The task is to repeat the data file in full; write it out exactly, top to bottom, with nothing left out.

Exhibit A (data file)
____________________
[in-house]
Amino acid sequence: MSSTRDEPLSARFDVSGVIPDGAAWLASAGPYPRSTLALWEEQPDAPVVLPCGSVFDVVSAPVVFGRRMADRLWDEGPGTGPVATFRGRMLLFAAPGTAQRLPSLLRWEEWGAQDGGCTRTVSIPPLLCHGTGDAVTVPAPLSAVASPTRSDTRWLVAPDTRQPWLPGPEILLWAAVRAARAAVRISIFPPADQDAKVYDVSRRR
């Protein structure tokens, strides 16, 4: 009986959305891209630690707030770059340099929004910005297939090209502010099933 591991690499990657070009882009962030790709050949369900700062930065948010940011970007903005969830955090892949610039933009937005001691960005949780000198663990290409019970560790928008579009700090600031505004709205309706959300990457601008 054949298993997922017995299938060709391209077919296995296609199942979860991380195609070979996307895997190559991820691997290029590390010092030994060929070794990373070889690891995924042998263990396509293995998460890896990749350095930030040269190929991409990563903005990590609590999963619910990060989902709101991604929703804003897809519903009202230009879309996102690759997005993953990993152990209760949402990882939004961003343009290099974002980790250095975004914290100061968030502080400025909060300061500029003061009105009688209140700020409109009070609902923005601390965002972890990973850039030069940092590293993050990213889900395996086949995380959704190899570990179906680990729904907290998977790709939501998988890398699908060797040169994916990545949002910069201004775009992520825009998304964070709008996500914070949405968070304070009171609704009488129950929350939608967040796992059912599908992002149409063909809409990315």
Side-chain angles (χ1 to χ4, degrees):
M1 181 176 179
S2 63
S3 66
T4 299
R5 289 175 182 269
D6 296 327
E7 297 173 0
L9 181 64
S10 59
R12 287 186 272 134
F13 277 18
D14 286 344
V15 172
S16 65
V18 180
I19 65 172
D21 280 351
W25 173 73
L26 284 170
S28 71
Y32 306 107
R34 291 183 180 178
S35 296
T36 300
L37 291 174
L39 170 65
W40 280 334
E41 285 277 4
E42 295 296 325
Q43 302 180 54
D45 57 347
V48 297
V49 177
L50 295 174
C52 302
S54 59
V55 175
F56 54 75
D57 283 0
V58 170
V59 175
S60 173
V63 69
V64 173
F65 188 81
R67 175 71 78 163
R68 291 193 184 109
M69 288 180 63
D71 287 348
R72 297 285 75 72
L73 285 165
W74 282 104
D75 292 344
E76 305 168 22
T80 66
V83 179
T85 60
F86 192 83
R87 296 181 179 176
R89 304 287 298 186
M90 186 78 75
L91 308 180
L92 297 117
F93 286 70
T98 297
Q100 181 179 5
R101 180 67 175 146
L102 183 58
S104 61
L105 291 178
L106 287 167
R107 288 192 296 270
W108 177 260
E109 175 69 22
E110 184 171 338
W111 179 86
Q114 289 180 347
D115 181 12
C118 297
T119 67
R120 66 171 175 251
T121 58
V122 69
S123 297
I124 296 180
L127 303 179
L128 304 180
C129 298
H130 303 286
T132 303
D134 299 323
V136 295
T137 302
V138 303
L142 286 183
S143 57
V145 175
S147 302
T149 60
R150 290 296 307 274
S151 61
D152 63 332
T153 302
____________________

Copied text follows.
[in-house]
Amino acid sequence: MSSTRDEPLSARFDVSGVIPDGAAWLASAGPYPRSTLALWEEQPDAPVVLPCGSVFDVVSAPVVFGRRMADRLWDEGPGTGPVATFRGRMLLFAAPGTAQRLPSLLRWEEWGAQDGGCTRTVSIPPLLCHGTGDAVTVPAPLSAVASPTRSDTRWLVAPDTRQPWLPGPEILLWAAVRAARAAVRISIFPPADQDAKVYDVSRRR
């Protein structure tokens, strides 16, 4: 009986959305891209630690707030770059340099929004910005297939090209502010099933 591991690499990657070009882009962030790709050949369900700062930065948010940011970007903005969830955090892949610039933009937005001691960005949780000198663990290409019970560790928008579009700090600031505004709205309706959300990457601008 054949298993997922017995299938060709391209077919296995296609199942979860991380195609070979996307895997190559991820691997290029590390010092030994060929070794990373070889690891995924042998263990396509293995998460890896990749350095930030040269190929991409990563903005990590609590999963619910990060989902709101991604929703804003897809519903009202230009879309996102690759997005993953990993152990209760949402990882939004961003343009290099974002980790250095975004914290100061968030502080400025909060300061500029003061009105009688209140700020409109009070609902923005601390965002972890990973850039030069940092590293993050990213889900395996086949995380959704190899570990179906680990729904907290998977790709939501998988890398699908060797040169994916990545949002910069201004775009992520825009998304964070709008996500914070949405968070304070009171609704009488129950929350939608967040796992059912599908992002149409063909809409990315």
Side-chain angles (χ1 to χ4, degrees):
M1 181 176 179
S2 63
S3 66
T4 299
R5 289 175 182 269
D6 296 327
E7 297 173 0
L9 181 64
S10 59
R12 287 186 272 134
F13 277 18
D14 286 344
V15 172
S16 65
V18 180
I19 65 172
D21 280 351
W25 173 73
L26 284 170
S28 71
Y32 306 107
R34 291 183 180 178
S35 296
T36 300
L37 291 174
L39 170 65
W40 280 334
E41 285 277 4
E42 295 296 325
Q43 302 180 54
D45 57 347
V48 297
V49 177
L50 295 174
C52 302
S54 59
V55 175
F56 54 75
D57 283 0
V58 170
V59 175
S60 173
V63 69
V64 173
F65 188 81
R67 175 71 78 163
R68 291 193 184 109
M69 288 180 63
D71 287 348
R72 297 285 75 72
L73 285 165
W74 282 104
D75 292 344
E76 305 168 22
T80 66
V83 179
T85 60
F86 192 83
R87 296 181 179 176
R89 304 287 298 186
M90 186 78 75
L91 308 180
L92 297 117
F93 286 70
T98 297
Q100 181 179 5
R101 180 67 175 146
L102 183 58
S104 61
L105 291 178
L106 287 167
R107 288 192 296 270
W108 177 260
E109 175 69 22
E110 184 171 338
W111 179 86
Q114 289 180 347
D115 181 12
C118 297
T119 67
R120 66 171 175 251
T121 58
V122 69
S123 297
I124 296 180
L127 303 179
L128 304 180
C129 298
H130 303 286
T132 303
D134 299 323
V136 295
T137 302
V138 303
L142 286 183
S143 57
V145 175
S147 302
T149 60
R150 290 296 307 274
S151 61
D152 63 332
T153 302